From Our Dear Friends at National Day of Prayer! GLORY!
Let’s exalt the Lord through a Glory Story!
Rhode Island State Coordinator Follows Vision For NDP
An often-repeated quote within the NDP Task Force network is “Where God guides, God provides” from longtime NDPTF Chairwoman Shirley Dobson. Time and time again this word of wisdom proves true. This year, the Lord guided and provided a new path to prayer for Rhode Island State Coordinator Cheryl Russell.
Russell is in her 23rd year of organizing the capitol event in Providence, making her a seasoned intercessor and event planner. However, she refuses to rest in her own experience and capabilities. In January of 2022, she dedicated time and prayer to seek a fresh word from God’s heart for the 2022 National Day of Prayer observance in her state capitol.
“I don’t want to get comfortable doing it my way, how I’ve always done it,” Russell said.
By the early spring she felt God calling her to a reset—to have a new purity of prayer by inviting children to lead the prayers for the seven spheres of influence on the National Day of Prayer. In obedience to this calling, Russell began reaching out to teen and youth groups to find young intercessors willing to pray on the National Day of Prayer. One by one they turned her down, for one reason or another. Confused and a bit discouraged, Russell went back to the Lord in prayer, asking for direction.
“I was stretched in faith,” Russell said. “I kept saying ‘I trust you Lord, this is what I believe I heard from you, but even then, please walk in spite of me.’”
The Lord gave her clarity—she was to invite children to pray, not young adults or teens. Russell exalted the Lord for the answer and set about contacting the parents of small children to extend the invitation to pray. Yet again, there were delays in receiving confirmations, but Russell pressed on in her praying and planning.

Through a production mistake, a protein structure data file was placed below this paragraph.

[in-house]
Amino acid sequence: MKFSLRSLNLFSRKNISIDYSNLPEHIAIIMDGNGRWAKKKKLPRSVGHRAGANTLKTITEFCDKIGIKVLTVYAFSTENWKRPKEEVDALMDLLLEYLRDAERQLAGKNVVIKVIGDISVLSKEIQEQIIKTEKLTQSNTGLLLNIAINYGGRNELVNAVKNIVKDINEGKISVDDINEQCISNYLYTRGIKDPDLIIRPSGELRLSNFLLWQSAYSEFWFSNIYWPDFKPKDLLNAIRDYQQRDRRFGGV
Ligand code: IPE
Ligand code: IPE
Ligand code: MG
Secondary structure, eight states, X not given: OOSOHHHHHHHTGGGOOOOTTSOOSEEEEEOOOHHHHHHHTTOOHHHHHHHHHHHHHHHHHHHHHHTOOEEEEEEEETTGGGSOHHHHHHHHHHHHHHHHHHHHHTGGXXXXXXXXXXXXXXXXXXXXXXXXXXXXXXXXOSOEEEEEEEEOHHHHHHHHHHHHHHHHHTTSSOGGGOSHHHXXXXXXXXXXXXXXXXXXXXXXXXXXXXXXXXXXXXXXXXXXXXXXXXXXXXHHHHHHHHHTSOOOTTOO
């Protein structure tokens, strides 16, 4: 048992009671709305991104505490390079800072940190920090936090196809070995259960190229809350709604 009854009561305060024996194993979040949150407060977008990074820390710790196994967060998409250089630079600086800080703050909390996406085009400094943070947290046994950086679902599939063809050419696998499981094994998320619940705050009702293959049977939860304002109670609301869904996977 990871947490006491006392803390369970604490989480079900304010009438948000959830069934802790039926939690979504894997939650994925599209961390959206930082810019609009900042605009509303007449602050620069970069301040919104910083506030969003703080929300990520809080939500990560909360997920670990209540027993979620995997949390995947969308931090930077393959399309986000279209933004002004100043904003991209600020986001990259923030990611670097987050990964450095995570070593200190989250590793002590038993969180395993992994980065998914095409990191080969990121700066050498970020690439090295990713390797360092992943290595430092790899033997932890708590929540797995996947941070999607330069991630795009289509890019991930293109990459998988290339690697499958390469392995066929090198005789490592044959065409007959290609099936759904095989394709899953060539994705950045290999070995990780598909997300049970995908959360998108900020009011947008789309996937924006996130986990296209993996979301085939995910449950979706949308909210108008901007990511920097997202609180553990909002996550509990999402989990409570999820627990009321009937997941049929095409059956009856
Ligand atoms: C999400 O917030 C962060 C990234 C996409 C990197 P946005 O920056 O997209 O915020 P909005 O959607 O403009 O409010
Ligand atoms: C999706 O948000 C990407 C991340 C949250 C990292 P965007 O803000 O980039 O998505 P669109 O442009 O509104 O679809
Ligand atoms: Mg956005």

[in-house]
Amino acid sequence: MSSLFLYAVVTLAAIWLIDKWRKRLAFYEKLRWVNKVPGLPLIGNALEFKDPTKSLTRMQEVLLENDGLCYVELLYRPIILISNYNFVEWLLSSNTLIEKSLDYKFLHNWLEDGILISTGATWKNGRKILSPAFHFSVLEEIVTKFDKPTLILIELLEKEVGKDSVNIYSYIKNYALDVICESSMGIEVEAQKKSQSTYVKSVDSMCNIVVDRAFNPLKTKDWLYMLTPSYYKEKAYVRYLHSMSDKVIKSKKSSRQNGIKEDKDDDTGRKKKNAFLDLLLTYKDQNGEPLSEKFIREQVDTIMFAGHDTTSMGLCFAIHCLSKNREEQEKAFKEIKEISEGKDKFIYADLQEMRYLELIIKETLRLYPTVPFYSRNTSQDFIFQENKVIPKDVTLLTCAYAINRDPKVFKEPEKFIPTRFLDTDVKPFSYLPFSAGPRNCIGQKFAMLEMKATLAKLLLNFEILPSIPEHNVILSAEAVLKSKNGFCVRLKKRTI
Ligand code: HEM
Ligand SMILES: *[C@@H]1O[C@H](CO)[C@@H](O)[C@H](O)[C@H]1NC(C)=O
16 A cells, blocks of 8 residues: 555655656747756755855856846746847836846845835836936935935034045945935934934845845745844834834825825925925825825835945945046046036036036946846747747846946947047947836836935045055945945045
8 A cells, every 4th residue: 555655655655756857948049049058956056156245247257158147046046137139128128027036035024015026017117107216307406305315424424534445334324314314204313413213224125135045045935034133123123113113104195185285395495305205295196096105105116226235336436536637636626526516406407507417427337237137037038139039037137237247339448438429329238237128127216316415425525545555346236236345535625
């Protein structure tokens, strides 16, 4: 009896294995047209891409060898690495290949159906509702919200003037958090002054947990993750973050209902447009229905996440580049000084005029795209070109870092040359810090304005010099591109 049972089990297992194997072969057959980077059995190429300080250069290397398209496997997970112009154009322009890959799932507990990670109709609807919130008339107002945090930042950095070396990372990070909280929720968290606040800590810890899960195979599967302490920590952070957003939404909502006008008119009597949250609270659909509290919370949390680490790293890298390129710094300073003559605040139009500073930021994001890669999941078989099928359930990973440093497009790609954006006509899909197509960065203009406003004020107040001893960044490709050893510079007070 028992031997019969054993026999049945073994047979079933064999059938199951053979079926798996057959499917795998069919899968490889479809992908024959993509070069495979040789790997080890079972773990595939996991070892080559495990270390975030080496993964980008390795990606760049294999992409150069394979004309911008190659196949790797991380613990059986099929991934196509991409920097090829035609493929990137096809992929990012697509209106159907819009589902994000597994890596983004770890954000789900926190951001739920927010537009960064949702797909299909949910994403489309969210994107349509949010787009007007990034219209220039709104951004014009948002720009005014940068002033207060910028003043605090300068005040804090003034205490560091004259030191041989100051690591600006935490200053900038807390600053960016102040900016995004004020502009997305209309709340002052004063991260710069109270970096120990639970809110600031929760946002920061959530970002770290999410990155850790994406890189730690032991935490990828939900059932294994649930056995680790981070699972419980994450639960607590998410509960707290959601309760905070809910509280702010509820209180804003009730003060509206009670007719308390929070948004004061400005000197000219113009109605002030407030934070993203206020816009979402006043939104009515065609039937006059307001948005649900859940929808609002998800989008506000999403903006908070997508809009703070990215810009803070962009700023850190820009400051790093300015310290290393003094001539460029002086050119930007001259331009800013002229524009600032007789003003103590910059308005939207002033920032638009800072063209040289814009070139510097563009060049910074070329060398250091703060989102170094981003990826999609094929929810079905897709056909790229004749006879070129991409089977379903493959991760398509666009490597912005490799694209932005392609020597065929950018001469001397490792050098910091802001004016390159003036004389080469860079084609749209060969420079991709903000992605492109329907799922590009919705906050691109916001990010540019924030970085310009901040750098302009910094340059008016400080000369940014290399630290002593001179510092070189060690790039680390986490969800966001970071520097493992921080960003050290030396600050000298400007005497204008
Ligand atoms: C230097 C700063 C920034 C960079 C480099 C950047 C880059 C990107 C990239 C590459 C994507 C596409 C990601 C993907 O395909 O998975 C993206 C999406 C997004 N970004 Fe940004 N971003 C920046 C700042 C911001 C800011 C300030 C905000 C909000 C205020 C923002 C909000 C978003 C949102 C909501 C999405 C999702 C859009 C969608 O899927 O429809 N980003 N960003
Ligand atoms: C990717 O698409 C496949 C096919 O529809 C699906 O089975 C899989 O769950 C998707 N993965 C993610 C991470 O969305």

“There was no response from parents until the Monday of NDP week,” Russell said. “I waited on the Lord all spring.”
By the week of NDP, God provided seven elementary-aged children who were willing to pray for a sphere of on the National Day of Prayer. As the crowd gathered on the steps of the state capital building, the children started to get nervous. Russell sat with them and encouraged them to remember that they are just talking to God, not to the adults, not to Russell herself, but to Jesus, who loves each and every one of them.
“There was no pontificating from the podium—just the raw prayers from the hearts of the children,” Russell said. “It was a windy day, but I felt like their prayers were being blown across our state, to every corner.”
The smallest boy wrote his short prayer on the special lined paper that children use to learn how to form their letters properly. Just like the parable of boy with the few loaves and fish, this young intercessor brought his best handwriting and best preparation to the feet of Jesus in prayer.
After each child had prayed, Russell invited teachers and pastors in attendance to pray over the children as the future leaders of Rhode Island.
“People were kneeling on the hard marble because their hearts were so moved,” Russell said.
To her knowledge, this sort of National Day of Prayer event had never been organized in Rhode Island—she and the other participants exalted the Lord who guided her into this new idea and provided the pure prayers that had been promised.
“Unless the Lord builds the house, those who build it labor in vain. Unless the Lord watches over the city, the watchman stays awake in vain.” Psalm 127:1
About the National Day of Prayer
The National Day of Prayer tradition predates the founding of the United States of America, evidenced by the Continental Congress’ proclamation in 1775 setting aside a day of prayer. In 1952, Congress established an annual day of prayer and, in 1988, that law was amended, designating the National Day of Prayer as the first Thursday in May.
National Day of Prayer Task Force